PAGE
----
Otter Pops Full Circle

My favorite summertime treat as a child was also my mom’s biggest annoyance.

Growing up, my brother and I tore through 500-count Otter Pop cardboard boxes like nobody’s business. Known by other names as well, the concept of flavored ice in long and skinny plastic sleeves has proven to be a kid-favorite for generations. Cheap and low in calories, you would think it would please parents just as much as it does youngsters. But for my mom, the mess canceled the economic and fat free advantages of Otter Pops.

My childhood was defined by Otter Pops.

You see, my brother and I basically centered our summer diet on Otter Pops. We ate them starting in the morning and continued eating them throughout the long, hot nights. Although we tried to pick up after ourselves, we probably only made good on our intentions around 60% of the time. So, when you are consuming at least 10 Otter Pops each per day, that leaves around eight plastic wrappers lined with a sugary colored juicy film not properly disposed of. Nothing ruins a clean house more than colorful discarded oozing wrappers. Oh, how much my mom hated them!

And that doesn’t even mention the freezer space taken up or the sticky state our scissors were constantly in from cutting the top of the pops.

Sidney is mad at me for showing our freezer, but this is the drawer that is devoted to freeze pops. Back in the day, my mom’s freezer was pretty much dominated by them.

As with a lot of things, I grew out of my Otter Pop dependency as I grew older. My preferred treat during the summer changed from frozen ice pops to premium ice cream. But now that I have a young daughter, my past has caught up to me. In the ultimate “payback” gesture, my parents bought Sloan freezer pops when they were here last week. She has quickly taken a liking to them.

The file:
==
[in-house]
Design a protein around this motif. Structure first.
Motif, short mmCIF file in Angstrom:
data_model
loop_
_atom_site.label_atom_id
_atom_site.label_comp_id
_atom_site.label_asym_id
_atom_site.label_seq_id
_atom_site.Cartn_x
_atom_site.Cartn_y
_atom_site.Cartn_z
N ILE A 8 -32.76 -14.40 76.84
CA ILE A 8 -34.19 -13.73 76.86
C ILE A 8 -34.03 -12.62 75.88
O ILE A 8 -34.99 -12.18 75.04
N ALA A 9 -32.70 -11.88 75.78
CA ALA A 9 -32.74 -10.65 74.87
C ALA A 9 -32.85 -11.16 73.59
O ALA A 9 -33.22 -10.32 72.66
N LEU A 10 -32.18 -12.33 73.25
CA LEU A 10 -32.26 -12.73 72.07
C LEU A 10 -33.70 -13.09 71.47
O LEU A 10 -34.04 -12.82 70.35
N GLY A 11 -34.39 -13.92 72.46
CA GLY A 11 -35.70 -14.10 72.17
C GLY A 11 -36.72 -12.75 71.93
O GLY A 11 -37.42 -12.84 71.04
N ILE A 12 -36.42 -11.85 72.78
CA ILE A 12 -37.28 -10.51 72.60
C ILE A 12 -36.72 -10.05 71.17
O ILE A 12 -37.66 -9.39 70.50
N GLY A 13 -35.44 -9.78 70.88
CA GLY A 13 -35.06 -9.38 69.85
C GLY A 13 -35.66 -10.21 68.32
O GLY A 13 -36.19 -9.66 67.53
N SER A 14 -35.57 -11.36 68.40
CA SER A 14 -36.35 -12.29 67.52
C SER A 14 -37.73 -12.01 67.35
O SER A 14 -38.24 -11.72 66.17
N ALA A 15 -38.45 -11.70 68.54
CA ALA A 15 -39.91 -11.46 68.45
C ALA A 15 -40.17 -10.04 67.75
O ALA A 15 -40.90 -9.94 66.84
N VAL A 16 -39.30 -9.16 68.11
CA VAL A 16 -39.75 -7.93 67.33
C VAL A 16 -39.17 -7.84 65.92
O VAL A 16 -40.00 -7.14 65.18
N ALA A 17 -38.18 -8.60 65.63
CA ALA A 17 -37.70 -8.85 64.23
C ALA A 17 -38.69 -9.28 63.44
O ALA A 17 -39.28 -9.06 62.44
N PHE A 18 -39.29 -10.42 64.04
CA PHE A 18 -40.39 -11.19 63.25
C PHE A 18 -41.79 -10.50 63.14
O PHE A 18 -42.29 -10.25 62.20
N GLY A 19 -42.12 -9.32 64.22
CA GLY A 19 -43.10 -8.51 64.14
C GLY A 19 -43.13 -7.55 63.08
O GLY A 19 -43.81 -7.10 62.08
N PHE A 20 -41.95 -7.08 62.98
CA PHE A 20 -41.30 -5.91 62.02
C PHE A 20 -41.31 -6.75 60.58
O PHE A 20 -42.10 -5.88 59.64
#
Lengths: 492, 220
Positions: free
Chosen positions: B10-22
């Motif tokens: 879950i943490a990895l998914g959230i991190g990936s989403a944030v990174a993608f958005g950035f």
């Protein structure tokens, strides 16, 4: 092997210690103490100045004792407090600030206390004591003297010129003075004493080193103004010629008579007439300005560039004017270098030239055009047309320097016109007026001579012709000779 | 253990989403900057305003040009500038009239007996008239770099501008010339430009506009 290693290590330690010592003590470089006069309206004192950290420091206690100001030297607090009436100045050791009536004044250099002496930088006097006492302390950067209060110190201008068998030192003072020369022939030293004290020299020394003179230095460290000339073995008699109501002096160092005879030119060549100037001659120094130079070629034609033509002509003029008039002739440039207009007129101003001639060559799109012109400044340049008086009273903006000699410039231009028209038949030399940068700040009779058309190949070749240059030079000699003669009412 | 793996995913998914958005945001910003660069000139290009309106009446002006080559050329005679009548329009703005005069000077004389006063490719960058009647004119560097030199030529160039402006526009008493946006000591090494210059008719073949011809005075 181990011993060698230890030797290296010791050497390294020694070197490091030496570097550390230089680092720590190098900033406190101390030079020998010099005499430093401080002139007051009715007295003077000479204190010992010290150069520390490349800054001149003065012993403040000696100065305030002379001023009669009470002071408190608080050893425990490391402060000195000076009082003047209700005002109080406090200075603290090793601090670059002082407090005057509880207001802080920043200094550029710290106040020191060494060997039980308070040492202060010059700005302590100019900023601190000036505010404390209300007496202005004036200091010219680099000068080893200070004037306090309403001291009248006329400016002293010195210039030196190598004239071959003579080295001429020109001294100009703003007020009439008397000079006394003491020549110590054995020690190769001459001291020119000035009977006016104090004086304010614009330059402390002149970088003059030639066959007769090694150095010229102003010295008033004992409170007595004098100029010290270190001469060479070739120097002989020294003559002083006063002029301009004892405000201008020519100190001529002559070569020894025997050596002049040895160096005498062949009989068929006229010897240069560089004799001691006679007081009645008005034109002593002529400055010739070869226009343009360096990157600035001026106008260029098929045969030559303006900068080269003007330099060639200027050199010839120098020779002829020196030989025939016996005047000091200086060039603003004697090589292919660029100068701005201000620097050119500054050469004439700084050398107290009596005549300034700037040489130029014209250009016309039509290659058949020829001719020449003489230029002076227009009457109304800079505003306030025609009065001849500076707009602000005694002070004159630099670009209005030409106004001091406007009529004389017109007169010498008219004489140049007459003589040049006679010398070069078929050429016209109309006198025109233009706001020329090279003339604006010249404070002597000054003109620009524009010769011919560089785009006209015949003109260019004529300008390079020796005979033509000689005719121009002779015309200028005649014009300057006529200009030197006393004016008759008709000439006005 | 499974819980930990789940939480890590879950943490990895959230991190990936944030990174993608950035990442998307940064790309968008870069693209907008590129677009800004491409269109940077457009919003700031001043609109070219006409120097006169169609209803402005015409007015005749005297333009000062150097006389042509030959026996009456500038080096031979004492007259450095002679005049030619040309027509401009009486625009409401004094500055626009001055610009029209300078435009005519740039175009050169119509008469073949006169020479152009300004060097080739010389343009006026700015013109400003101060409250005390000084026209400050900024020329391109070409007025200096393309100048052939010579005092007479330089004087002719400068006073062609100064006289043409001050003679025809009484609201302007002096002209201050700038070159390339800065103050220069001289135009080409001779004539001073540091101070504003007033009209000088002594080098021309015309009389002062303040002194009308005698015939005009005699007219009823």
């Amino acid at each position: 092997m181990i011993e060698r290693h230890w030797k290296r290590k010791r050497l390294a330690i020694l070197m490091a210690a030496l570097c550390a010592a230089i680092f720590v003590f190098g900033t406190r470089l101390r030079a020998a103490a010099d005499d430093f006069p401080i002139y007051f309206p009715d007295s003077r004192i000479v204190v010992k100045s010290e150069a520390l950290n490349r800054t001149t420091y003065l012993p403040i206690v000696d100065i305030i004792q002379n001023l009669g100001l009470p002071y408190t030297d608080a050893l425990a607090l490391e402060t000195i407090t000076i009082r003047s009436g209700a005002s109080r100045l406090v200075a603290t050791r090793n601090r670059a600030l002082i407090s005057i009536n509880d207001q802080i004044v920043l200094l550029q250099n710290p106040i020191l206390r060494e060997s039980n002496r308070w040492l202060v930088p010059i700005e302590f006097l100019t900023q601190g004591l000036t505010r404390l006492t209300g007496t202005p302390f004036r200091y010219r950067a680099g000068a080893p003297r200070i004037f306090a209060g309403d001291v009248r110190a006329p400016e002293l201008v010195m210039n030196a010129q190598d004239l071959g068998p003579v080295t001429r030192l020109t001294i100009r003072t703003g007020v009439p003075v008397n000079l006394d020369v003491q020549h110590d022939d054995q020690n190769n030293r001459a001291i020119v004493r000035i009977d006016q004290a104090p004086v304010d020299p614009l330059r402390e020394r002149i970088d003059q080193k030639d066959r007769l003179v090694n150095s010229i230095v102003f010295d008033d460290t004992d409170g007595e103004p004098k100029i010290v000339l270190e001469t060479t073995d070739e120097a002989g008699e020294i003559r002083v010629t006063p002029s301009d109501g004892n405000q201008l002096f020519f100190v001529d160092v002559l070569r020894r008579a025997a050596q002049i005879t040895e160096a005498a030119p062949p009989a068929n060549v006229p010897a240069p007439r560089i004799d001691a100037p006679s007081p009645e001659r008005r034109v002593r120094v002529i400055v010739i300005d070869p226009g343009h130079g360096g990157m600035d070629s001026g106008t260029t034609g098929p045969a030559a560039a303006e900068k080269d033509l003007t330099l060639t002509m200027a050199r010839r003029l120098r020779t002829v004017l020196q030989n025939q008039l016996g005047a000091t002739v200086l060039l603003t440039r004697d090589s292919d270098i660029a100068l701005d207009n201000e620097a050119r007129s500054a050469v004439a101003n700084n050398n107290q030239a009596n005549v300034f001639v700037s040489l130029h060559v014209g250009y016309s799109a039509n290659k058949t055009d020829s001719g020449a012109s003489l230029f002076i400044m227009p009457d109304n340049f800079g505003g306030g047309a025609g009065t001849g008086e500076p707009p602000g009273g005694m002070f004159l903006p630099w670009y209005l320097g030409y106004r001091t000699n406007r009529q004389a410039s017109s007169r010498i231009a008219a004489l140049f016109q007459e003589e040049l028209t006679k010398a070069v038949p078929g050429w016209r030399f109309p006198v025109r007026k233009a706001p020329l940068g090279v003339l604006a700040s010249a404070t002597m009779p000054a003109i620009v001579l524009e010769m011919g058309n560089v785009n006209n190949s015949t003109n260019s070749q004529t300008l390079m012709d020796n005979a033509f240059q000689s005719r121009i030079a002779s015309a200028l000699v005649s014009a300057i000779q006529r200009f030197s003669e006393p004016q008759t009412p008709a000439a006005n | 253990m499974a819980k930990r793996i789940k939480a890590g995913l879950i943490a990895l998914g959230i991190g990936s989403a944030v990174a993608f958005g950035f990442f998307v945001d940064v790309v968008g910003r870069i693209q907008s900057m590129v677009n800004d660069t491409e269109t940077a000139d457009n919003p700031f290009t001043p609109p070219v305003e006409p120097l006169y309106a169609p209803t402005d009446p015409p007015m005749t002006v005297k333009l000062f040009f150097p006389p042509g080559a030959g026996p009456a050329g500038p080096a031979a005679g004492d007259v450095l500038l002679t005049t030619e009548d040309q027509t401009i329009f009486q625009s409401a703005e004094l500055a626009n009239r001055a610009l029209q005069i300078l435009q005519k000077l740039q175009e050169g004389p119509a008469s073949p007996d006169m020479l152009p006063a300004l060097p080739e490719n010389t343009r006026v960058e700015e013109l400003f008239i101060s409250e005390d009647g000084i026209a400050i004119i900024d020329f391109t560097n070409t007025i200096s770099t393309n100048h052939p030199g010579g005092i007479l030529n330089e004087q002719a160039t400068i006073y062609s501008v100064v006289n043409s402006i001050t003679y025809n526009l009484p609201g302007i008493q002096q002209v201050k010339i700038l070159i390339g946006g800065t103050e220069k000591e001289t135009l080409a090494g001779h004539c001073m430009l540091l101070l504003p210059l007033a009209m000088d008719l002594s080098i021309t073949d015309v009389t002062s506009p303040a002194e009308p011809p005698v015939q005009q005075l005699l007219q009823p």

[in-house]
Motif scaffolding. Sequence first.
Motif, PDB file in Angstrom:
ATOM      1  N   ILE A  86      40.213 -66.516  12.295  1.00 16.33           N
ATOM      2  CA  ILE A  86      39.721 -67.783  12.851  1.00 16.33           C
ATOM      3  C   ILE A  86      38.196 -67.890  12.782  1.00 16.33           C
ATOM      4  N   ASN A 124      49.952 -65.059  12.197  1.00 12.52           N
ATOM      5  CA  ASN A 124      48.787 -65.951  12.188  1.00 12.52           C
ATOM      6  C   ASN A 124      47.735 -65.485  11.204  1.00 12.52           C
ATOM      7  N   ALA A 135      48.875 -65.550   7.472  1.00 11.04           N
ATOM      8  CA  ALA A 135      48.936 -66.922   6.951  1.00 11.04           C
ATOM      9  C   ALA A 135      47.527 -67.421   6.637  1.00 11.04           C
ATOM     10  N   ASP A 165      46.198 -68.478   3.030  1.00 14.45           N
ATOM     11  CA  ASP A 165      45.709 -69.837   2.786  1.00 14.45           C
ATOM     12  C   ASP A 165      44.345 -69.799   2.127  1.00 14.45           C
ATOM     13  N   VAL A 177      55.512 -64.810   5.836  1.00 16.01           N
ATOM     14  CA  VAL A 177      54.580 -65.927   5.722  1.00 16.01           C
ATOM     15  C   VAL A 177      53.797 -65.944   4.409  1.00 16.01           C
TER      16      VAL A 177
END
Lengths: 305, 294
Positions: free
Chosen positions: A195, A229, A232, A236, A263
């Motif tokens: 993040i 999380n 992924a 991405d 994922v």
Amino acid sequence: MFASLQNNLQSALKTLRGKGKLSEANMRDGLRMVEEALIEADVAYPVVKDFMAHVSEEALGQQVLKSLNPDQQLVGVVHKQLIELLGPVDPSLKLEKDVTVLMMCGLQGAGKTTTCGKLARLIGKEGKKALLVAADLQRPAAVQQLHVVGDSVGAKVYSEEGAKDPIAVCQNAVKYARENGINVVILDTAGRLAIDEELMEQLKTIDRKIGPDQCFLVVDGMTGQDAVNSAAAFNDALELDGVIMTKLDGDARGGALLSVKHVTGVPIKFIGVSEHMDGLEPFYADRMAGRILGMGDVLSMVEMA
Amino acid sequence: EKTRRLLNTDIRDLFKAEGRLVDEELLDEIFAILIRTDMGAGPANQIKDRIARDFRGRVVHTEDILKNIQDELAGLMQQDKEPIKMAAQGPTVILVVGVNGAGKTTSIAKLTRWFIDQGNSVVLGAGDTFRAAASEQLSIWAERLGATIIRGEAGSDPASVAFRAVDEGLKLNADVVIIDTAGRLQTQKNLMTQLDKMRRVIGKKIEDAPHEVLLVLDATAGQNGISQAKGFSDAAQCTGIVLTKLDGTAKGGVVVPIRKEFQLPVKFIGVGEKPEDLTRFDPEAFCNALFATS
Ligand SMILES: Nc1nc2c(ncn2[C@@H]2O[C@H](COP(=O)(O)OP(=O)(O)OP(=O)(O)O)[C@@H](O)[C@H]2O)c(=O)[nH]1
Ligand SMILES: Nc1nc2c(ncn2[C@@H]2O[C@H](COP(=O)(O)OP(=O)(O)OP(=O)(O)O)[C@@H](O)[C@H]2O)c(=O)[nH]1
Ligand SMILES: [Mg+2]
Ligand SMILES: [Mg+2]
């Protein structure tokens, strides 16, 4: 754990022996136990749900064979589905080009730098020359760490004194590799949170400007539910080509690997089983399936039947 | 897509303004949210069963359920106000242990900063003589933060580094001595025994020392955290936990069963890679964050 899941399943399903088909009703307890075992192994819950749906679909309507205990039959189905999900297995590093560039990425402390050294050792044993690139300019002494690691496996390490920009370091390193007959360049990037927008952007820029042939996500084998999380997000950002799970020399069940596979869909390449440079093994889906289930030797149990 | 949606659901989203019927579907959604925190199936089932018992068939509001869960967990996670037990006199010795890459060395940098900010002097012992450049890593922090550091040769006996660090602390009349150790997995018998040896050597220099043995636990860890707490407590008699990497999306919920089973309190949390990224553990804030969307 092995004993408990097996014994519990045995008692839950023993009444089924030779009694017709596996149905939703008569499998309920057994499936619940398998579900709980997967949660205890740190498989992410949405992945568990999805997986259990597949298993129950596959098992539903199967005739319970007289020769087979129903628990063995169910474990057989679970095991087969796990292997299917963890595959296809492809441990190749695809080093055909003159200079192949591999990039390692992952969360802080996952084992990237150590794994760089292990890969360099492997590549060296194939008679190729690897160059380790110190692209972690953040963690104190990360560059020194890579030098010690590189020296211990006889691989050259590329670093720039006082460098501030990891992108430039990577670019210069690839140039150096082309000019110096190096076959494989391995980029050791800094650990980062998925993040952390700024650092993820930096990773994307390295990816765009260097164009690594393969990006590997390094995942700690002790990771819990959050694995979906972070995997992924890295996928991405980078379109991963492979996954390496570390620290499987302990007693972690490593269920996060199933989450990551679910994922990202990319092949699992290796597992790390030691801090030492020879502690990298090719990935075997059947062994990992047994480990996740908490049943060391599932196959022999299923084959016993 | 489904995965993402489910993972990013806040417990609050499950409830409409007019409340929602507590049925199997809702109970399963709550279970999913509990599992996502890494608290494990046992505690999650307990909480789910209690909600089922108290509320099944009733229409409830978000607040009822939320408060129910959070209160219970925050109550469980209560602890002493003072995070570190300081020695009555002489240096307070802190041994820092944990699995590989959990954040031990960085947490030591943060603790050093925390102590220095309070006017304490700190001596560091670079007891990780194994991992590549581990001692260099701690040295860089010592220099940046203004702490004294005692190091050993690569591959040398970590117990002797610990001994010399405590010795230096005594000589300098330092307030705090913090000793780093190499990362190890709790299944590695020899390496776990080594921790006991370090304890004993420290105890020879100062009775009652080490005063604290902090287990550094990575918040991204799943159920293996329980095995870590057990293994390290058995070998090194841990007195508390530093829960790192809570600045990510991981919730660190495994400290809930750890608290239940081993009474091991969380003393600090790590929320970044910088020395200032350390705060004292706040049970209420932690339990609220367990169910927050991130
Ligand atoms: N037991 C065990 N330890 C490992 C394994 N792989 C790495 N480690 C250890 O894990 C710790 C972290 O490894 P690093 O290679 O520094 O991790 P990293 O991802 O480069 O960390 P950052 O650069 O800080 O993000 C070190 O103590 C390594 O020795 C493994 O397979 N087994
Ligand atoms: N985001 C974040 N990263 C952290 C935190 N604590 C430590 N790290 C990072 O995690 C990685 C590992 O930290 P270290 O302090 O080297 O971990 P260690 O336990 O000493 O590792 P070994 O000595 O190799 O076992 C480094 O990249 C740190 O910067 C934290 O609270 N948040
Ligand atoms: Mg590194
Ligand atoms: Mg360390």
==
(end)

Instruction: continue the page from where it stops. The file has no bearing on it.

Just like her daddy was at a young age, Sloan is a big fan of freezer pops.

At this point, I don’t deal with the problems my mom faced. Sloan is too young to storm through large quantities of the pops so I can easily keep up with the plastic sleeve trash she produces. Also, I humanely cut the treats open for her so we don’t deal with sticky scissors. However, I do deal with a couple of issues that are unique to a 2-year-old. I hold my breath as she clumsily pushes the pop up through the plastic, many times ejecting full pieces of ice onto the floor. I also cringe just a bit when she tips her head back to slurp the juice residue and majority of the liquid escapes past her open mouth and onto her shirt.

But inconvenient or not, this much is true: She seems to have the same passion for freezer pops that I did when I was younger.

Sloan ususally requests a “blue” freeze pop.

Inconvenient or not from a dad’s perspective, considering what I put my mom through, all I can do is embrace it. Don’t Blink.

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